It’s that time of year again, where we break out our disc collections of our favorite Christmas specials and movies. There is no story more done than Charles Dickens classic A Christmas Carol. There are multiple versions of this, some more famous than others, a few that we would like to forget. Several actors have played Ebenezer Scrooge, from Alastar Sims, to George C Scott, Patrick Stewart, Kelsey Grammar, Michael Caine and Jim Carrey, to other comedians such as Bill Murray. It has also inspired many differing spin offs from Christmas style to even American style. Yes this story loosely based upon Joseph Smith being visited by the Angel Moroni, was so popular that it even inspired the modern Christmas that we know and love. At the time this book was published, the United States of America didn’t celebrate Christmas, nor did they have any intention of celebrating it. When Charles Dickens wrote it, he confused his fellow Englishmen, for Christmas at the time was remembered as a lewd and depraved celebration much more in common with Mardi Gras and Carnival. It was this story that brought about our modern Christmas. It took a while for Hollywood to adapt the story, but with the musical version of the 70’s and many people complaining that it embellished upon the book. Many more people set out to do more accurate portrayels of it. From the television movie starring George C Scott, to eventually Patrick Stewart doing a one man show of the story. However, Disney did their first version in 1983 with Mickey Mouse.
This short version brought to the screen Scrooge McDuck from the comics. Incidentally, Scrooge McDuck made his first premiere in December comics and was named after Ebenezer Scrooge. So it was him who would play the miser, with Mickey Mouse playing Bob Cratchitt, Minnie Mouse playing his wife, Donald Duck playing Fred, Daisy Duck playing Belle, Goofy playing Robert Marley, Jiminy Crickett playing the Ghost of Christmas Past, Willie the Giant playing the Ghost of Christmas Present, Pete playing the part of the Ghost of Christmas Yet to Come, Ratty and Mole playing the parts of Poole and Hattie, and finally J Thaddeus Toad playing the part of Fezzywig. This short was Mickey’s first screen appearance in close to 30 years and proved an instant classic.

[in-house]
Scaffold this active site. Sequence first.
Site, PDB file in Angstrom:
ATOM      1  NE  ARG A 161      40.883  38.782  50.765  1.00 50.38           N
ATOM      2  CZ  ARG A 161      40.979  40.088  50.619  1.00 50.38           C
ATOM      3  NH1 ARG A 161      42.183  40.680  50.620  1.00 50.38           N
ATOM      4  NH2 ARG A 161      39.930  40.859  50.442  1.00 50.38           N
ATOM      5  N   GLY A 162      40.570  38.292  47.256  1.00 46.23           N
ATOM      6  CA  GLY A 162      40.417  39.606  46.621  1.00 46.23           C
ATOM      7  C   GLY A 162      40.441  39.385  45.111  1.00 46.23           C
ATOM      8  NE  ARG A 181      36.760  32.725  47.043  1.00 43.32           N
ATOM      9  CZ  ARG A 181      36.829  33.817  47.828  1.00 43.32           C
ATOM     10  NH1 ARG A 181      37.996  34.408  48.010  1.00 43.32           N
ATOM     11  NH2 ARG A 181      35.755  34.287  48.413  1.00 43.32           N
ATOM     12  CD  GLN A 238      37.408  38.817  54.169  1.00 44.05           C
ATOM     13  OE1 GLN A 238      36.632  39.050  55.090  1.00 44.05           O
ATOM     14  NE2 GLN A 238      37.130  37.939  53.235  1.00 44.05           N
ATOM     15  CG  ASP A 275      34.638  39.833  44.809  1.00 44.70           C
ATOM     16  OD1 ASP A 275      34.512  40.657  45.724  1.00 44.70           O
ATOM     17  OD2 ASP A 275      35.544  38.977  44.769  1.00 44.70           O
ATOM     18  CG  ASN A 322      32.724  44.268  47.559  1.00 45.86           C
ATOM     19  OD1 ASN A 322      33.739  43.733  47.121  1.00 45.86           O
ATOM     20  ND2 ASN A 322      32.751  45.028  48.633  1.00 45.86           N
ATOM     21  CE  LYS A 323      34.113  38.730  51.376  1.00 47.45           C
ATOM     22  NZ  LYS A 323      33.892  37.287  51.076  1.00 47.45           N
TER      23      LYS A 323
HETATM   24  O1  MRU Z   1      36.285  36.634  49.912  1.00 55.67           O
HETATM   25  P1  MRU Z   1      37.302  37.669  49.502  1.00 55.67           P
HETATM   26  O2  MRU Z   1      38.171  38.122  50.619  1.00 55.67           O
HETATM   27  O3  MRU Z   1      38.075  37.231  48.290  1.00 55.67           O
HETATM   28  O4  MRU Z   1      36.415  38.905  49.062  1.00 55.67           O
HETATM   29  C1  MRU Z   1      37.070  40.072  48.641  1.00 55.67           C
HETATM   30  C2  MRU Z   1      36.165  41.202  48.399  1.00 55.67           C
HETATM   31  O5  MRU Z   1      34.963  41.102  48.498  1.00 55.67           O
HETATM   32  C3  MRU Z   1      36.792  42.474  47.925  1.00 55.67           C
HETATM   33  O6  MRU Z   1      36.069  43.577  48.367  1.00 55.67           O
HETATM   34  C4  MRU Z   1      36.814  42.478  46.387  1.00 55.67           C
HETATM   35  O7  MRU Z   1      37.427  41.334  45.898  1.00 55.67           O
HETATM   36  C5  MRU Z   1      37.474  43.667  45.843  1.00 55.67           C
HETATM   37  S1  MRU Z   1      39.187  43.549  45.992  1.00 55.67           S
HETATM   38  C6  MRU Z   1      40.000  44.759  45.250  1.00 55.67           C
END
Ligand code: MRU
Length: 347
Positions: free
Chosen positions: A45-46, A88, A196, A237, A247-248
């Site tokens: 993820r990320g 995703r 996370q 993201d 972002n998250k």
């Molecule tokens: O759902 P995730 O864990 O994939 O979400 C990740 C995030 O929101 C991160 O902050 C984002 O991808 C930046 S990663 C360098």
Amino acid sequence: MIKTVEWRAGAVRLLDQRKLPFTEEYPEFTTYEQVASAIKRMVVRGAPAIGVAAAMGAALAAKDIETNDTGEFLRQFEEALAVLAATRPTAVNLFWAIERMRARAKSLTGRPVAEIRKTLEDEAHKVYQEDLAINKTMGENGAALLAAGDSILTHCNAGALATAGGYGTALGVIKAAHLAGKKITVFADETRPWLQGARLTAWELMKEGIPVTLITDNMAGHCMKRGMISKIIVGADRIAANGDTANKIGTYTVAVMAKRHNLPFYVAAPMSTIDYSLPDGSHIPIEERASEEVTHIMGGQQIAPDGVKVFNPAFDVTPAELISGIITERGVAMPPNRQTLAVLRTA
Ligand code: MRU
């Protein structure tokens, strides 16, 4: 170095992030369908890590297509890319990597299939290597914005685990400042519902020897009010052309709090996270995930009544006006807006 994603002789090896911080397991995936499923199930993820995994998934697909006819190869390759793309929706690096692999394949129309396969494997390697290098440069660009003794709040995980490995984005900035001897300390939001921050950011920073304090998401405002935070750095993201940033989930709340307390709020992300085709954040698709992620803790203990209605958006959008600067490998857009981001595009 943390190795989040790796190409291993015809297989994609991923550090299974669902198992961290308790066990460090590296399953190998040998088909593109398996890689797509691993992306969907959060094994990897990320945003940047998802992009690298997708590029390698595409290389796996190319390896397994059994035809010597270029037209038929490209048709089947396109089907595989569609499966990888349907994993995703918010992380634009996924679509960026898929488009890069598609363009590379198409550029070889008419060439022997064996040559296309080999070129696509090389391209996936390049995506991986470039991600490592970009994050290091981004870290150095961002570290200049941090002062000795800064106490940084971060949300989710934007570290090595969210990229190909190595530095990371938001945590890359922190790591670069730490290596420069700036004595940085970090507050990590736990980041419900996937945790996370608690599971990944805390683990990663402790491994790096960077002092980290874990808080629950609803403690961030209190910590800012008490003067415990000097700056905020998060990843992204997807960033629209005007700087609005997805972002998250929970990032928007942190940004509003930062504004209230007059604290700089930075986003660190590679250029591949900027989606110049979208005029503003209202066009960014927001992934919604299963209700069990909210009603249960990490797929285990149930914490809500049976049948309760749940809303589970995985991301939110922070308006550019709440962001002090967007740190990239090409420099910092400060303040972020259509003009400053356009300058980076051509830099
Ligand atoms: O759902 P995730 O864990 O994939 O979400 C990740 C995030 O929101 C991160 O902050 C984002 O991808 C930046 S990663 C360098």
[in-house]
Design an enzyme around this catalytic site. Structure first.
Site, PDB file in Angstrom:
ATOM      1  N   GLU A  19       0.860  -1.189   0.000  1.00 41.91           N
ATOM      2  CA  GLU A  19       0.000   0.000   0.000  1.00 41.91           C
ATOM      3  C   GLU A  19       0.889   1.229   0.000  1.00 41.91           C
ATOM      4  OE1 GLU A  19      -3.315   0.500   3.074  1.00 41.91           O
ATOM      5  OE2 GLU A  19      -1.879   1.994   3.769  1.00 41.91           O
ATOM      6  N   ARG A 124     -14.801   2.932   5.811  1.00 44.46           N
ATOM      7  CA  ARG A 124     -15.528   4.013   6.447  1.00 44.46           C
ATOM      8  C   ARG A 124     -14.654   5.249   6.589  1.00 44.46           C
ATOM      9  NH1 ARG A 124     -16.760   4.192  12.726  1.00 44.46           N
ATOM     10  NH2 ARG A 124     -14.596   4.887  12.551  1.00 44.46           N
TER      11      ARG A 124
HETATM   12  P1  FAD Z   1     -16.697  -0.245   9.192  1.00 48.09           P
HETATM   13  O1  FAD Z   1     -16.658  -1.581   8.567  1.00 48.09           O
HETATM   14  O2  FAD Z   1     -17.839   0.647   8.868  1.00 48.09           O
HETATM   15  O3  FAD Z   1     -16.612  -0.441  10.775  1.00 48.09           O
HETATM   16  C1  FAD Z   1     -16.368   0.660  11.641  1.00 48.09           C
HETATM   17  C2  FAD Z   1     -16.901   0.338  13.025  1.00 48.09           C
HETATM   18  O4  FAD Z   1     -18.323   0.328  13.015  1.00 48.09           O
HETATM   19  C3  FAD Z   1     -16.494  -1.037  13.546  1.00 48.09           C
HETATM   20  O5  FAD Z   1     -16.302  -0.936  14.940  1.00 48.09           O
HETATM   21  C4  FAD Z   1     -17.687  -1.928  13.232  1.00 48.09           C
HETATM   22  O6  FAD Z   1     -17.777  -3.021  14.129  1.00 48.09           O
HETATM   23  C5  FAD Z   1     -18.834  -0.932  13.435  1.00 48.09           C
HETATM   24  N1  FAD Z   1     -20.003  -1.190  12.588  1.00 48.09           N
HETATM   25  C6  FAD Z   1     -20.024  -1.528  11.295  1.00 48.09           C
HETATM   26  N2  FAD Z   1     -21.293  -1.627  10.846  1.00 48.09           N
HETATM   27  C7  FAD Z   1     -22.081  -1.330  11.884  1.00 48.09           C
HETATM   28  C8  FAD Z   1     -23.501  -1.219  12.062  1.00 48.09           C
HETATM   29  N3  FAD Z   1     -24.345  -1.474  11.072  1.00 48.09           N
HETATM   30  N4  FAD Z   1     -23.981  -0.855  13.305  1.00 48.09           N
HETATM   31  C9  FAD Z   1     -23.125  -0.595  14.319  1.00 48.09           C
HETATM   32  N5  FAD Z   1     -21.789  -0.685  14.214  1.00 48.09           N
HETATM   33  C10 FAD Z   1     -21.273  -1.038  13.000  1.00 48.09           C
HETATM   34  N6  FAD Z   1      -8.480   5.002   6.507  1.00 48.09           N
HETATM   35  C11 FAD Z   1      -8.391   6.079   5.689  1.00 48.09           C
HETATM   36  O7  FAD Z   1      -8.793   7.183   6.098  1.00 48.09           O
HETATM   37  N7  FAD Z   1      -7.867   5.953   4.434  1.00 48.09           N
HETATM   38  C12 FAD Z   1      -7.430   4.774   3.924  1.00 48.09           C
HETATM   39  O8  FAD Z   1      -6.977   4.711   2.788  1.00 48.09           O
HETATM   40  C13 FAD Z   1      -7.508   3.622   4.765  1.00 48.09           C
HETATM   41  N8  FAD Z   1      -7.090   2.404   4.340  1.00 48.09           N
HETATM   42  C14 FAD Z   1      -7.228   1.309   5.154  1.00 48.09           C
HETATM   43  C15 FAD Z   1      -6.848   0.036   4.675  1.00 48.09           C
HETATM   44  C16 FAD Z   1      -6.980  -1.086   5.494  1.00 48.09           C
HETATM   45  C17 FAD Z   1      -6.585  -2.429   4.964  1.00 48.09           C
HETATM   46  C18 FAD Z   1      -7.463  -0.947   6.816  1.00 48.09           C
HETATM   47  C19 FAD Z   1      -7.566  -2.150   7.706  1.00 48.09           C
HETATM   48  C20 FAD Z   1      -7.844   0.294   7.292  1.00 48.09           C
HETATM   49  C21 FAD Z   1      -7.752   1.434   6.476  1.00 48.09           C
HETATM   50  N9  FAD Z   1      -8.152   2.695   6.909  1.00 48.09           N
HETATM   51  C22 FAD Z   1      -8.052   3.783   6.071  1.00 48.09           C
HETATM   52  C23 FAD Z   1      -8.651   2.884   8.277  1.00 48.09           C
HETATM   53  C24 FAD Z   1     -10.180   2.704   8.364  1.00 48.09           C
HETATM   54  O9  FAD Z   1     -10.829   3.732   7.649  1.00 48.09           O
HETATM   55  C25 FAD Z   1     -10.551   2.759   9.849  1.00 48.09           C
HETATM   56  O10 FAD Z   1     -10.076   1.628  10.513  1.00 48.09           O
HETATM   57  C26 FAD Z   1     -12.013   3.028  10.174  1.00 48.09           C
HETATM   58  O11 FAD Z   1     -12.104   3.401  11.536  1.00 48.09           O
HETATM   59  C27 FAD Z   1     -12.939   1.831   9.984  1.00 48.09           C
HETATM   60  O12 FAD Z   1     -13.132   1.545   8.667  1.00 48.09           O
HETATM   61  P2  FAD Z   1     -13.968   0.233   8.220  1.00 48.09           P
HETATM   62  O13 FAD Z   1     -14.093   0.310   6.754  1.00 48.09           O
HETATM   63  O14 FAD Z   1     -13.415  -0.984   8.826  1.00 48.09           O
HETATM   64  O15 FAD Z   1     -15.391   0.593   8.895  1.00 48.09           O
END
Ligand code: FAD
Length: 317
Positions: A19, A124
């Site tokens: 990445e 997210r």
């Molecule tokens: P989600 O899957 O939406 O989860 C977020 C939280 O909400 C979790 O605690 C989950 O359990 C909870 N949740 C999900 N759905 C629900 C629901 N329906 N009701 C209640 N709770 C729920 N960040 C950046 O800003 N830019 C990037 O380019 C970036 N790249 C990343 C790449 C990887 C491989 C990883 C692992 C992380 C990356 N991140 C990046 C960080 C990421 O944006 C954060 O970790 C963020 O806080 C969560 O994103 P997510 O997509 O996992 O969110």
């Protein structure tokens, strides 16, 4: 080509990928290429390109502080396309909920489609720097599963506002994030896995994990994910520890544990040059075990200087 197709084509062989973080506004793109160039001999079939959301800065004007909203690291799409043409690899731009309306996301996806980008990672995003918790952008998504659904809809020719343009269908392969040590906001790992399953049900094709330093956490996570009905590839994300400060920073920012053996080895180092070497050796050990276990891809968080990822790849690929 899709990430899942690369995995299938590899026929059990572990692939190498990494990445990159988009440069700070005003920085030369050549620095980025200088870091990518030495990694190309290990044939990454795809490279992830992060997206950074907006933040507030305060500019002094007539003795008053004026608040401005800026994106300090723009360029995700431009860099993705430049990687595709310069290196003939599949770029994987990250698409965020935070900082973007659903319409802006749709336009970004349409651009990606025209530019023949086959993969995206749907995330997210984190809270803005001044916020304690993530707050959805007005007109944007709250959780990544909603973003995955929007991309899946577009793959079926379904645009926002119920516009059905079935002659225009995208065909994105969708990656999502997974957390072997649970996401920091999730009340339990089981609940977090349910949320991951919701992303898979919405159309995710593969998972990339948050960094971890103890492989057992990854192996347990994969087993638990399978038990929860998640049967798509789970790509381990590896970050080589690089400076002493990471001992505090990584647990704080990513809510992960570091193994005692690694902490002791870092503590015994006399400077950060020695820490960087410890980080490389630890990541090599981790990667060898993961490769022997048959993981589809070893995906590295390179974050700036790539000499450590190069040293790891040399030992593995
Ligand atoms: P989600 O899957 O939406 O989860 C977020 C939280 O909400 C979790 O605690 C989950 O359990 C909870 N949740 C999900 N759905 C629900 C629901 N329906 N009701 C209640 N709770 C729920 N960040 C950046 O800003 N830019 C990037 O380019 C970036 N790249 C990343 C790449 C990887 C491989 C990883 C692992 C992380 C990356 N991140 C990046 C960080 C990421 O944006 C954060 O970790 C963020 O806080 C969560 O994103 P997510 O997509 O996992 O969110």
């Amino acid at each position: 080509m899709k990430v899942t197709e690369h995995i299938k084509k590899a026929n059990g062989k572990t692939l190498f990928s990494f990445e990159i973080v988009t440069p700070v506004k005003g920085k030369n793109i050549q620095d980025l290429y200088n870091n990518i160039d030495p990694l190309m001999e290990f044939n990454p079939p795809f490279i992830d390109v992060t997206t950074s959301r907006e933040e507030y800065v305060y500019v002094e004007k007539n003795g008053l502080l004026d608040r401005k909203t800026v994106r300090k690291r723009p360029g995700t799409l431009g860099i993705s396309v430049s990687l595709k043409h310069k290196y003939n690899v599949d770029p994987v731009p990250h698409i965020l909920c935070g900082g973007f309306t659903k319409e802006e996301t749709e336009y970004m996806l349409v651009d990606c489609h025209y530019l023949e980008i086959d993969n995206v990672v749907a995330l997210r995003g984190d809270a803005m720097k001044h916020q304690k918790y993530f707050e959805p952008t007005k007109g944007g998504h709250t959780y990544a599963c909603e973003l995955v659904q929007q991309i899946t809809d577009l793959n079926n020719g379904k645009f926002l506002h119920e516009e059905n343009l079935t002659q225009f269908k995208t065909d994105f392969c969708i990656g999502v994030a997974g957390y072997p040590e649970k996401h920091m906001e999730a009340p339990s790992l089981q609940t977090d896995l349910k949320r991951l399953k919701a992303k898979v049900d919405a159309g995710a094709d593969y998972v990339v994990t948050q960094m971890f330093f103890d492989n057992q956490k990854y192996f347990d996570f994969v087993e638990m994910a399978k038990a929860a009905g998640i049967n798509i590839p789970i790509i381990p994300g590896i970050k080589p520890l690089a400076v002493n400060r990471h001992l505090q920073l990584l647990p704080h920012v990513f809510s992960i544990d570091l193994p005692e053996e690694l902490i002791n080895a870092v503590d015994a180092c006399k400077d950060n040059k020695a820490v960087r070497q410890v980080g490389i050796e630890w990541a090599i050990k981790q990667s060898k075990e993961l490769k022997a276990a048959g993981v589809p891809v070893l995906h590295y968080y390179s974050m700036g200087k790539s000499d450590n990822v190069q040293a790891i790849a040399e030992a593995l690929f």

1992, Disney now partnering with Brian Henson who controlled the Muppets, did a version with the Muppets. Since no muppet was found to play Scrooge, Michael Caine took on the role. Kermit the Frog played Bob Cratchitt at Miss Piggy’s recomndation, while she would play Cratchitt’s wife. Fozzy played Fozzywig, Gonzo portrayed Charles Dickens, and Rizzo the Rat kept his usual role as Gonzo’s friend. Statler and Waldorf portrayed Jacob and his long lost literary brother Robert Marley. Sam the Eagle played a professor, and many other beloved muppets snuck in there. The ghosts were brand new Muppets that have never appeared again.
In 2009, Robert Zemeckis joined with Disney to do a Motion Capture version of the story. Starring Jim Carrey, who is the only actor to play all of Ebenezer Scrooge. Remember, in past we see the younger version of Ebenezer. However, like in plays and movies up to this point, the actors portraying prime Ebenezer and ghost stood off to the side and watched the scene unfold. So usually a younger male that could resemble the main actor was cast, but in this version, Jim could play all of these ages. He also portrayed the three spirits.
So how do these three versions line up with the written story. First consider this, two of these were heavily intended for children. Since children are too young to grasp the problems of a solitary life. Scrooge had to be portrayed as more selfish and greedy, so children can get that this is a bad thing. Most children who are bothered by siblings would like solitary. So Scrooge had to be upgraded. Also, gift giving wasn’t a custom of the time. At that time Santa didn’t deliver to anywhere outside of Scandanavia, and parents didn’t give children presents on Christmas. So Scrooge buying presents at the end is a way for modern children to grasp a changed heart.
Perhaps for adults as well. The constant theme of the book is death. A reminder that once dead there is nothing you can do. You are finished, your probationary life is gone. As bemoaned by Jacob Marley’s ghost. So when Scrooge sees his corpse, that he refuses to look at it, the signs of his demise, he refuses to accept them. Because it means he can no longer change. When he confronts the death of Tim Cratchitt, and immediately sees his tombstone, he sobs because he can no longer change. Obvious in Dicken’s days, but lost on modern audiences. The themes of hellfire are put into children versions to drive the message home.
So how does the modern motion capture compare to the book. It actually does so better than almost any version. For one, the lines aren’t watered down, being very surprising for Disney. Next, the ghost of Christmas Past was never anthropomorphical, it literally was a flame that would occasionally have a face of someone from Scrooge’s past. In essence the past can’t be rid of, no matter how much we try, it is a pesky reminder of who we are. The ghost of Christmas Future literally was a shadow, only it’s hand ever took form. It only took real form at the end when Scrooge begged mercy from it. As for the rest it is up to you to decide to like it or not.
So this Christmas season watch a version, I always watch multiple versions of this story every Christmas. For it is one of my favorites, and this story captures the spirit of Christmas better than any story I know of. To my 5th grade teacher miss Stoneman. I have read the book finally, when are you going to? Because Scrooge is barely based on the book.